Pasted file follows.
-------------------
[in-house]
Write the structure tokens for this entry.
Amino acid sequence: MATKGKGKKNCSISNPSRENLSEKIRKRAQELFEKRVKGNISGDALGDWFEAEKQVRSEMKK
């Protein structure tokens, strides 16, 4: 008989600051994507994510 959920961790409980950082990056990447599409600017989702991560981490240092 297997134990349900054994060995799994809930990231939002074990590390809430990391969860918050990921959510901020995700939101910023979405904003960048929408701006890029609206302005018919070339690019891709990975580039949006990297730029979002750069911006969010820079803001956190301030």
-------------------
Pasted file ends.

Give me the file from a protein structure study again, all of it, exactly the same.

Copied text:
[in-house]
Write the structure tokens for this entry.
Amino acid sequence: MATKGKGKKNCSISNPSRENLSEKIRKRAQELFEKRVKGNISGDALGDWFEAEKQVRSEMKK
């Protein structure tokens, strides 16, 4: 008989600051994507994510 959920961790409980950082990056990447599409600017989702991560981490240092 297997134990349900054994060995799994809930990231939002074990590390809430990391969860918050990921959510901020995700939101910023979405904003960048929408701006890029609206302005018919070339690019891709990975580039949006990297730029979002750069911006969010820079803001956190301030």